The Nether Realm is a living virtual world inspired by Jennifer Haley’s new play, The Nether. The artwork explores the ways in which virtual environments can be the product of our activities in real life and considers the idea that the moral character of these online public spaces is ultimately dependent on how we create and interact with them.
The realm is linked in real time to the Twitter hashtag #TheNether. Every time the hashtag is used on Twitter, new life is breathed into the world. When the hashtag is not in use the world slowly starts to decay.
Tweeting the keyword ‘sunlight’ (or other similar words) along with #TheNether generates an instant effect and instils additional life into the realm.
Visitors to the Royal Court Theatre can view the artwork through a series of digital portals installed throughout the building and can enter the world as an avatar using an interactive kiosk located in the Balcony Bar
The Nether Realm can also be entered online. The world is located in the public virtual space OSgrid. Using a virtual worlds browser such as Firestorm, you can access and explore the world as an avatar. Simple instructions for how to do this can be found here. Instructions for how to personalise your avatar can be found here.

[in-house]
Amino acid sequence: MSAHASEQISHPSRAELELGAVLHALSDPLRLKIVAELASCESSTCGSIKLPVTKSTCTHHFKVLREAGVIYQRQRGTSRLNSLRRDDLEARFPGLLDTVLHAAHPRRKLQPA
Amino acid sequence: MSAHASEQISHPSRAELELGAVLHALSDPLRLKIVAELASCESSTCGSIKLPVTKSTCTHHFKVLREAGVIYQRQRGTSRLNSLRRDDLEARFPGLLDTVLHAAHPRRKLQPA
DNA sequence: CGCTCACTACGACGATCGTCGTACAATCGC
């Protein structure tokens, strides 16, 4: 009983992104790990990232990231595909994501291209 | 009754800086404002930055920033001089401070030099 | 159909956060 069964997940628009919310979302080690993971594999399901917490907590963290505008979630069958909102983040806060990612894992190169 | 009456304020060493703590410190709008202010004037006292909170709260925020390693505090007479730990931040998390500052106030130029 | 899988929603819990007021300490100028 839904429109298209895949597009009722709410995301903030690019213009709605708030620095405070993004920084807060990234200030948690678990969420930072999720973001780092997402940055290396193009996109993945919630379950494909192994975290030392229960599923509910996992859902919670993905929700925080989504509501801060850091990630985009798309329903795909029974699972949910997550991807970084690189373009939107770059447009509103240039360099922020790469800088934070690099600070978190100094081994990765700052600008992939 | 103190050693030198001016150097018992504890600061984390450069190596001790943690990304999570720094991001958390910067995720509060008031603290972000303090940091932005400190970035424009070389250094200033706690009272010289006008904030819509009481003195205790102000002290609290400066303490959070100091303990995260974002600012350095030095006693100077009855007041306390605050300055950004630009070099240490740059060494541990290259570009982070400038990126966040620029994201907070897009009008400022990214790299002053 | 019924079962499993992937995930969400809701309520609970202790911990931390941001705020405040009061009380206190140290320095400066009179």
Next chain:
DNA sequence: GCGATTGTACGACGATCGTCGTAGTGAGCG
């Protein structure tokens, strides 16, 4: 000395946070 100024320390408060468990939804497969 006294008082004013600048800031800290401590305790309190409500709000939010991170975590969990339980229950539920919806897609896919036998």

The Nether Realm was created by the visual artist Michael Takeo Magruder, who works with digital and new media including real-time data, immersive environments, mobile devices and virtual worlds.In the last 15 years, his projects have been showcased in over 250 exhibitions in 30 countries, including Circulo de Bellas Artes, Madrid; the Courtauld Institute of Art, London; EAST International, Norwich; Eastside Projects, Birmingham; FACT, Liverpool; Georges Pompidou Center, Paris; SESI' Cultural Centre, São Paulo; Tokyo Metropolitan Museum of Photography; and Trans-Media-Akademie, Hellerau. In 2010, Michael was selected to represent the UK at Manifesta 8: the European Biennial of Contemporary Art and several of his most well-known digital artworks were added to the Rose Goldsen Archive of New Media Art at Cornell University.
Produced by Headlong, with support from the Royal Court Theatre, 2014.
Supported by the Department of Digital Humanities, King’s College London.